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LWE Nexus challenges gain from integrated policy approaches

Newsitem | 26-09-2017

The analysis, which combines PBL’s IMAGE and OECD’s ENV-Linkages models, contains a set of scenarios on the potential bottlenecks in the supply of water, land and energy. To alleviate negative side effects and create synergies through policy, efficient management of the nexus resources should take into account any direct and indirect effects of resource bottlenecks within the linked biophysical and economic systems.

The “Cost of Inaction and Resource scarcity: Consequences for Long-term Economic growth” (CIRCLE) project, focusses on a dynamic, integrated, and disaggregated analysis of how land, water and energy (LWE) interact in the biophysical and economic systems.

The project received additional funding from the Dutch Ministries of Infrastructure and Environment, Foreign Affairs and Economic Affairs.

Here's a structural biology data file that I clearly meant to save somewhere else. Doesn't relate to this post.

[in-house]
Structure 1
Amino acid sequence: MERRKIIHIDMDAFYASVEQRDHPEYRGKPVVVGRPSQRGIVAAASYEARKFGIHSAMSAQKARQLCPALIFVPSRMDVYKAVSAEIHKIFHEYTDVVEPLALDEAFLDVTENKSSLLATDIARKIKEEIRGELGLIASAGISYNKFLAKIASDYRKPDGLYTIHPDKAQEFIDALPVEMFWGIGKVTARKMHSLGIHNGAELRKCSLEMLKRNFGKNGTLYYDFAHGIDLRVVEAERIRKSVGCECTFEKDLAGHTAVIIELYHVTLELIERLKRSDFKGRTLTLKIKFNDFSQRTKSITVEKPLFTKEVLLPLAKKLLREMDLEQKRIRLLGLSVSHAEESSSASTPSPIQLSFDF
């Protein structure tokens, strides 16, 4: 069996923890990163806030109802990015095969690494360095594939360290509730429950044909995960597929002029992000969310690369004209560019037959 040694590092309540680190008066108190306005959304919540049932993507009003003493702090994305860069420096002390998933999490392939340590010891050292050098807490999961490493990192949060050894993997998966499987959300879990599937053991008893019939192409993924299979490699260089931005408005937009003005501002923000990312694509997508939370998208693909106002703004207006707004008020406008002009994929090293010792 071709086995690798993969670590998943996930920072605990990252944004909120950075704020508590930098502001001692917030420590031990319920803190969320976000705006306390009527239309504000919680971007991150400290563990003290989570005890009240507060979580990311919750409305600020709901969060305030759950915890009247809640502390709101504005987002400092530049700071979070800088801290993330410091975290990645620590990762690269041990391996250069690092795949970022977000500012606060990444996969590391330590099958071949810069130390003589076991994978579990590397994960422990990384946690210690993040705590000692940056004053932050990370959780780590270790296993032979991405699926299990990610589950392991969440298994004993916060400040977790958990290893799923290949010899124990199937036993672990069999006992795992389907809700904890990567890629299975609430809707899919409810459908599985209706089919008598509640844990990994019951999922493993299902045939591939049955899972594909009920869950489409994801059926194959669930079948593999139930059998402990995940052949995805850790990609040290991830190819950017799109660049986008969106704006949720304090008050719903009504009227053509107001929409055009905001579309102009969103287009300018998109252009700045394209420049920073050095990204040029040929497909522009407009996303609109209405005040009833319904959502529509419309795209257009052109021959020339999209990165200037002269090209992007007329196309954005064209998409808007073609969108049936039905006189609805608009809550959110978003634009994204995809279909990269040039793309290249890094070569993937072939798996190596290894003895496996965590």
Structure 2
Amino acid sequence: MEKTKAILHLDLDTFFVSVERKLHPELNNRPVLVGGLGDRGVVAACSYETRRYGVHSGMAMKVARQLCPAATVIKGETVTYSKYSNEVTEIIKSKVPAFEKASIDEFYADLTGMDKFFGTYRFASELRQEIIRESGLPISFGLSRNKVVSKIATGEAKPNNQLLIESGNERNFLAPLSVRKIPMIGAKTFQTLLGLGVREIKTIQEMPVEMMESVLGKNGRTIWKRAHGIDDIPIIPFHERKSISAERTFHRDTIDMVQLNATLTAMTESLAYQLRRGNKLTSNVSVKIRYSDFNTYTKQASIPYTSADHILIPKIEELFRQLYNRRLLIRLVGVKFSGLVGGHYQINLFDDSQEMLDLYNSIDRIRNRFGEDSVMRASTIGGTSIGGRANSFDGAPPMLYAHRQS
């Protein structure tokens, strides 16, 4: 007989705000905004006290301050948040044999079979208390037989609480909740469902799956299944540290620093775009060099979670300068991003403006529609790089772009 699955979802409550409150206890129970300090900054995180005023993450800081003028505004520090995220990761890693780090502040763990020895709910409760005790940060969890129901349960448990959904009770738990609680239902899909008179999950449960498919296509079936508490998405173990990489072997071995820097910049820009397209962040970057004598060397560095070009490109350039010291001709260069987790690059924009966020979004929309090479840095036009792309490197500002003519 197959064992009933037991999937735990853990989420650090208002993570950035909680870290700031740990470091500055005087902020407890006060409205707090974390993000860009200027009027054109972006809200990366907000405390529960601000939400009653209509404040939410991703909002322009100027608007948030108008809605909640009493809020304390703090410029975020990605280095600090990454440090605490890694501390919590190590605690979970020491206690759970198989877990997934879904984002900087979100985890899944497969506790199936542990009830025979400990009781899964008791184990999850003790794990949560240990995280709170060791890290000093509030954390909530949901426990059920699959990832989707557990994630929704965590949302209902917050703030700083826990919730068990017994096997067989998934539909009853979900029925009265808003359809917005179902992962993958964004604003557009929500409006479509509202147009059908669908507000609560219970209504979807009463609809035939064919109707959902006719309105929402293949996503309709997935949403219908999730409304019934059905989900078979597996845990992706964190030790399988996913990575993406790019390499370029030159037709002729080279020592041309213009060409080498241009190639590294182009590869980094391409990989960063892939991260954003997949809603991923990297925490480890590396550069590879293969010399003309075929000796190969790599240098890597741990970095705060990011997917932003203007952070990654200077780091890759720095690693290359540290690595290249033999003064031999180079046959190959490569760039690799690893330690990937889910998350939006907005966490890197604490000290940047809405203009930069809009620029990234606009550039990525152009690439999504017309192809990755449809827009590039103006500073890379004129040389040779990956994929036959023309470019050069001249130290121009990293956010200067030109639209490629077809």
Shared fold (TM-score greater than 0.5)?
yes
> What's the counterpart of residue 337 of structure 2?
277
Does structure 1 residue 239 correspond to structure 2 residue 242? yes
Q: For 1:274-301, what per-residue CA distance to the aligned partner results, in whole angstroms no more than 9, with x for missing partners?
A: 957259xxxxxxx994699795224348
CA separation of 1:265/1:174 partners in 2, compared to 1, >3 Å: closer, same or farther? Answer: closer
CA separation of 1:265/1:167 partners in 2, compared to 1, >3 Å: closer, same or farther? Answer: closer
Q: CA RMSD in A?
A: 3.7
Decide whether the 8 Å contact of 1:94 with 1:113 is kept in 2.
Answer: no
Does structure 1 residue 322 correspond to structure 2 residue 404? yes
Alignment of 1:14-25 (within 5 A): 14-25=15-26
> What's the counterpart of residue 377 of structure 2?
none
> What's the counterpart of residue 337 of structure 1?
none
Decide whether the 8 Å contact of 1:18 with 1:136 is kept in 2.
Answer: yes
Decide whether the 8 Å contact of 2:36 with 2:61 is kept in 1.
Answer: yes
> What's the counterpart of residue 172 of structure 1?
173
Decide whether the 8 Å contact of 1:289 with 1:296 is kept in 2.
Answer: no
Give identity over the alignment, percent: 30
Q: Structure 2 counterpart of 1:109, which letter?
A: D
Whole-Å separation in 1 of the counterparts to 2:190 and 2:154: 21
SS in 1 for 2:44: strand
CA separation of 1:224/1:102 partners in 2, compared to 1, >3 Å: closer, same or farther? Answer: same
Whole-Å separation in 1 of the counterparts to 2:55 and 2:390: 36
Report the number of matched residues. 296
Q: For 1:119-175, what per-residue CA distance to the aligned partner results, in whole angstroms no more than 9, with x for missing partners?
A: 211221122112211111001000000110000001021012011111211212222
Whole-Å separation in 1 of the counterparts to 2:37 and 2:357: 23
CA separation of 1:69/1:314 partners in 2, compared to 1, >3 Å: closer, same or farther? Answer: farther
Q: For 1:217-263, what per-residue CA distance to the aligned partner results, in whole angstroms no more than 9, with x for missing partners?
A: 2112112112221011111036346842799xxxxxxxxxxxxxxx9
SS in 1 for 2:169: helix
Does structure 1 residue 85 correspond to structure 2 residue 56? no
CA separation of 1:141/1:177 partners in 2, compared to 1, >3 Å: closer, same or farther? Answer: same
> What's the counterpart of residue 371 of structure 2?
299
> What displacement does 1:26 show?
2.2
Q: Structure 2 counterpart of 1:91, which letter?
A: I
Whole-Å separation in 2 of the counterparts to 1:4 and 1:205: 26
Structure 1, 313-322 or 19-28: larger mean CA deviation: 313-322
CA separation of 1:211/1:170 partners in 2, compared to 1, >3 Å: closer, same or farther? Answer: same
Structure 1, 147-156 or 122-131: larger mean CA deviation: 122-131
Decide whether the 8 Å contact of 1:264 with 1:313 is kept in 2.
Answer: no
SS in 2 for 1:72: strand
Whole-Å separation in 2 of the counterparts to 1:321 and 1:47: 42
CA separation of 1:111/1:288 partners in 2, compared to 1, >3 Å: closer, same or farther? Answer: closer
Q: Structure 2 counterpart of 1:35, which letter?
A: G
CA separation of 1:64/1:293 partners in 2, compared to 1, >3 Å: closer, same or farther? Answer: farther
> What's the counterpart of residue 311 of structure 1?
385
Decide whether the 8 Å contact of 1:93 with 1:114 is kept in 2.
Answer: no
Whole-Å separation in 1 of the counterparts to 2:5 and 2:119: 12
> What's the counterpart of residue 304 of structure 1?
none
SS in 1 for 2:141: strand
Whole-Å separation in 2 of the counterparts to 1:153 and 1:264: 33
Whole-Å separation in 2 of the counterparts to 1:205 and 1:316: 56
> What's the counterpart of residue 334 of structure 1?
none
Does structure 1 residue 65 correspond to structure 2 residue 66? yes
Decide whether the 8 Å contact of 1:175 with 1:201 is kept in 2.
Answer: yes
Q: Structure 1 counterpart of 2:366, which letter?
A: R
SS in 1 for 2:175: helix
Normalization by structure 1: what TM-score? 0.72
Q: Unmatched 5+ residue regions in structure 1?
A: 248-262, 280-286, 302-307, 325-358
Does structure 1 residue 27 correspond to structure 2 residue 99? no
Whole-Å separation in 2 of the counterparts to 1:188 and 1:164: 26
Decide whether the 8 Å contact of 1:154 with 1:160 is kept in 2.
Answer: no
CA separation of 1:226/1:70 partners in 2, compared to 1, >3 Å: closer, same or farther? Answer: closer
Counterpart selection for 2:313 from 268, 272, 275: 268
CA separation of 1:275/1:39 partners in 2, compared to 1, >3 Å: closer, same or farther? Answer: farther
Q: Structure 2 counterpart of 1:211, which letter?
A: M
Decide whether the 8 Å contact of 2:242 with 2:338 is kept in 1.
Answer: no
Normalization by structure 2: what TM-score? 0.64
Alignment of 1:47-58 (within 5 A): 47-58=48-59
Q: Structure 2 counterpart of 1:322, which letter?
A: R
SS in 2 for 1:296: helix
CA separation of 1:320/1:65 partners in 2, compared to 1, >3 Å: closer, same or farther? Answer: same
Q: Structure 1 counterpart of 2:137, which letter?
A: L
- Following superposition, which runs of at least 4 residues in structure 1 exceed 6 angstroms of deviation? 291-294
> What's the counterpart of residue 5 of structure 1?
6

Repercussions at the  global and regional level

  • At the global level, the biophysical and economic impacts of bottlenecks in the LWE nexus are moderate, though regional impacts can be substantial. International trade can help spread the risks and limit the worst regional impacts.
  • Negative economic consequences of the nexus bottlenecks tend to concentrate in hotspots: countries with strong bottlenecks in economic activities that cannot be substituted or imported, as well as regions with strong decreases in crop yield leading to higher food production costs. North Africa, the Middle East and parts of Asia, not least India, are projected to suffer the most from bottlenecks in the LWE nexus.
  • The LWE bottlenecks  potentially put food security at risk in all regions, and water security especially in already water-stressed regions.

Contact

For more information please contact Tristan van Rijn (press spokesperson), via persvoorlichting@pbl.nl.